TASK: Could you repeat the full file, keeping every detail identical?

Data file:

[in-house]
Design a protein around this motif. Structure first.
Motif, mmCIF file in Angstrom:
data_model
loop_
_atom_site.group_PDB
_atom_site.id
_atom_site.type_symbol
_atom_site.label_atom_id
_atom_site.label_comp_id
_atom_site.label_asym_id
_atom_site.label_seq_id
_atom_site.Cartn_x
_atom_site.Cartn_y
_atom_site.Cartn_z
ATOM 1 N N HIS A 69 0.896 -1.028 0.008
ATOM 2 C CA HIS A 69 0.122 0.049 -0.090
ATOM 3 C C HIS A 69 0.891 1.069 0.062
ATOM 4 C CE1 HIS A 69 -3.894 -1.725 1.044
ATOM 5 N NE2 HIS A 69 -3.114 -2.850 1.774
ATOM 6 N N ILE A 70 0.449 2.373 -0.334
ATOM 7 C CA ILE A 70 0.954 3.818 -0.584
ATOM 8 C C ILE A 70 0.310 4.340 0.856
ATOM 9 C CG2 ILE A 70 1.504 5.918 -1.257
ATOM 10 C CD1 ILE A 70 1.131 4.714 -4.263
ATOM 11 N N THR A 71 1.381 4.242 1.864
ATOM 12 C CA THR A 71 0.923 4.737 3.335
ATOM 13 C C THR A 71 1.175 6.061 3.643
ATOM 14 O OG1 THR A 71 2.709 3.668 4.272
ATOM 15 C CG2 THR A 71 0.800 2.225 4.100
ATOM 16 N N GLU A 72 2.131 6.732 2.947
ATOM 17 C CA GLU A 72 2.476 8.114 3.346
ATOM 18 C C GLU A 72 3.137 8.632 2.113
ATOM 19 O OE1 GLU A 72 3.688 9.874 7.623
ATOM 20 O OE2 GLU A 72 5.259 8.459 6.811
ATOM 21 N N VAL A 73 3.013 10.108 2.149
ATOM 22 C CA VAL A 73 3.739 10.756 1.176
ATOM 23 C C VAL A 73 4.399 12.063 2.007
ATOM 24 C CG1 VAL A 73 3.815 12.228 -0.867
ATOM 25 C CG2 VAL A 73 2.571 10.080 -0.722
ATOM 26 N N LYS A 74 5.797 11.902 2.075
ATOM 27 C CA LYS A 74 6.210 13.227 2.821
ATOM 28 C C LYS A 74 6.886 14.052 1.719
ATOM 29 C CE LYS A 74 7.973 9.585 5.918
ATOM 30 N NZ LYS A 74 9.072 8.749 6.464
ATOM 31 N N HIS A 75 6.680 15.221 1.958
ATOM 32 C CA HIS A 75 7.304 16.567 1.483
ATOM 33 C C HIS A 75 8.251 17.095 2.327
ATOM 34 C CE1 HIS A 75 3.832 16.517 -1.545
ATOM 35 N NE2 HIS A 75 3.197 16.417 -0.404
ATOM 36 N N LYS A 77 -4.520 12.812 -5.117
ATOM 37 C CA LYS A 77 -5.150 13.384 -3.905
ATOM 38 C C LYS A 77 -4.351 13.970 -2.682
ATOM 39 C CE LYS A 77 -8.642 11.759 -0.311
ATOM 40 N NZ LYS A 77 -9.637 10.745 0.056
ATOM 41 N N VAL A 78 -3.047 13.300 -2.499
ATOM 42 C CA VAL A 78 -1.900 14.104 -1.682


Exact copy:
[in-house]
Design a protein around this motif. Structure first.
Motif, mmCIF file in Angstrom:
data_model
loop_
_atom_site.group_PDB
_atom_site.id
_atom_site.type_symbol
_atom_site.label_atom_id
_atom_site.label_comp_id
_atom_site.label_asym_id
_atom_site.label_seq_id
_atom_site.Cartn_x
_atom_site.Cartn_y
_atom_site.Cartn_z
ATOM 1 N N HIS A 69 0.896 -1.028 0.008
ATOM 2 C CA HIS A 69 0.122 0.049 -0.090
ATOM 3 C C HIS A 69 0.891 1.069 0.062
ATOM 4 C CE1 HIS A 69 -3.894 -1.725 1.044
ATOM 5 N NE2 HIS A 69 -3.114 -2.850 1.774
ATOM 6 N N ILE A 70 0.449 2.373 -0.334
ATOM 7 C CA ILE A 70 0.954 3.818 -0.584
ATOM 8 C C ILE A 70 0.310 4.340 0.856
ATOM 9 C CG2 ILE A 70 1.504 5.918 -1.257
ATOM 10 C CD1 ILE A 70 1.131 4.714 -4.263
ATOM 11 N N THR A 71 1.381 4.242 1.864
ATOM 12 C CA THR A 71 0.923 4.737 3.335
ATOM 13 C C THR A 71 1.175 6.061 3.643
ATOM 14 O OG1 THR A 71 2.709 3.668 4.272
ATOM 15 C CG2 THR A 71 0.800 2.225 4.100
ATOM 16 N N GLU A 72 2.131 6.732 2.947
ATOM 17 C CA GLU A 72 2.476 8.114 3.346
ATOM 18 C C GLU A 72 3.137 8.632 2.113
ATOM 19 O OE1 GLU A 72 3.688 9.874 7.623
ATOM 20 O OE2 GLU A 72 5.259 8.459 6.811
ATOM 21 N N VAL A 73 3.013 10.108 2.149
ATOM 22 C CA VAL A 73 3.739 10.756 1.176
ATOM 23 C C VAL A 73 4.399 12.063 2.007
ATOM 24 C CG1 VAL A 73 3.815 12.228 -0.867
ATOM 25 C CG2 VAL A 73 2.571 10.080 -0.722
ATOM 26 N N LYS A 74 5.797 11.902 2.075
ATOM 27 C CA LYS A 74 6.210 13.227 2.821
ATOM 28 C C LYS A 74 6.886 14.052 1.719
ATOM 29 C CE LYS A 74 7.973 9.585 5.918
ATOM 30 N NZ LYS A 74 9.072 8.749 6.464
ATOM 31 N N HIS A 75 6.680 15.221 1.958
ATOM 32 C CA HIS A 75 7.304 16.567 1.483
ATOM 33 C C HIS A 75 8.251 17.095 2.327
ATOM 34 C CE1 HIS A 75 3.832 16.517 -1.545
ATOM 35 N NE2 HIS A 75 3.197 16.417 -0.404
ATOM 36 N N LYS A 77 -4.520 12.812 -5.117
ATOM 37 C CA LYS A 77 -5.150 13.384 -3.905
ATOM 38 C C LYS A 77 -4.351 13.970 -2.682
ATOM 39 C CE LYS A 77 -8.642 11.759 -0.311
ATOM 40 N NZ LYS A 77 -9.637 10.745 0.056
ATOM 41 N N VAL A 78 -3.047 13.300 -2.499
ATOM 42 C CA VAL A 78 -1.900 14.104 -1.682